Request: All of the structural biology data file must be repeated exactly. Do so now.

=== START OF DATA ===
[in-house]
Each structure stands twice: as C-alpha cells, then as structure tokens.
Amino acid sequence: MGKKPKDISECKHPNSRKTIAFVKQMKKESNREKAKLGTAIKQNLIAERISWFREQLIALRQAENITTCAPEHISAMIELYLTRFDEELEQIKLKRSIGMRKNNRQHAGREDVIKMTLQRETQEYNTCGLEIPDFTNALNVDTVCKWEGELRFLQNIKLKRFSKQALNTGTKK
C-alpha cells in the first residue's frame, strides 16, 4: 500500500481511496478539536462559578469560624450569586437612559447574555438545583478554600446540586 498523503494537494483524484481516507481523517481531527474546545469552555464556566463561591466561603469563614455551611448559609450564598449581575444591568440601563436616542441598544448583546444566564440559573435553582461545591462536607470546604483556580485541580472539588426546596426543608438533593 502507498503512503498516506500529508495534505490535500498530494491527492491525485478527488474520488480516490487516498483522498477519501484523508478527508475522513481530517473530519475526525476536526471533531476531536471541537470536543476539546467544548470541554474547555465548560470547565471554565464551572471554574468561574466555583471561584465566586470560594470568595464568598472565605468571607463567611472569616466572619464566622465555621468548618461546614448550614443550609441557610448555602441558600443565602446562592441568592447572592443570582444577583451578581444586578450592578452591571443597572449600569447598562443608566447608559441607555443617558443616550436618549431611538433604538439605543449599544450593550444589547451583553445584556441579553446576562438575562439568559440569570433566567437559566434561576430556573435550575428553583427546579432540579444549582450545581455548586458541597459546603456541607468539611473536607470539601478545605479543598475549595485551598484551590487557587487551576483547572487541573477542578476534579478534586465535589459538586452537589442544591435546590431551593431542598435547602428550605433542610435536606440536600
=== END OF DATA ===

[in-house]
Each structure stands twice: as C-alpha cells, then as structure tokens.
Amino acid sequence: MGKKPKDISECKHPNSRKTIAFVKQMKKESNREKAKLGTAIKQNLIAERISWFREQLIALRQAENITTCAPEHISAMIELYLTRFDEELEQIKLKRSIGMRKNNRQHAGREDVIKMTLQRETQEYNTCGLEIPDFTNALNVDTVCKWEGELRFLQNIKLKRFSKQALNTGTKK
C-alpha cells in the first residue's frame, strides 16, 4: 500500500481511496478539536462559578469560624450569586437612559447574555438545583478554600446540586 498523503494537494483524484481516507481523517481531527474546545469552555464556566463561591466561603469563614455551611448559609450564598449581575444591568440601563436616542441598544448583546444566564440559573435553582461545591462536607470546604483556580485541580472539588426546596426543608438533593 502507498503512503498516506500529508495534505490535500498530494491527492491525485478527488474520488480516490487516498483522498477519501484523508478527508475522513481530517473530519475526525476536526471533531476531536471541537470536543476539546467544548470541554474547555465548560470547565471554565464551572471554574468561574466555583471561584465566586470560594470568595464568598472565605468571607463567611472569616466572619464566622465555621468548618461546614448550614443550609441557610448555602441558600443565602446562592441568592447572592443570582444577583451578581444586578450592578452591571443597572449600569447598562443608566447608559441607555443617558443616550436618549431611538433604538439605543449599544450593550444589547451583553445584556441579553446576562438575562439568559440569570433566567437559566434561576430556573435550575428553583427546579432540579444549582450545581455548586458541597459546603456541607468539611473536607470539601478545605479543598475549595485551598484551590487557587487551576483547572487541573477542578476534579478534586465535589459538586452537589442544591435546590431551593431542598435547602428550605433542610435536606440536600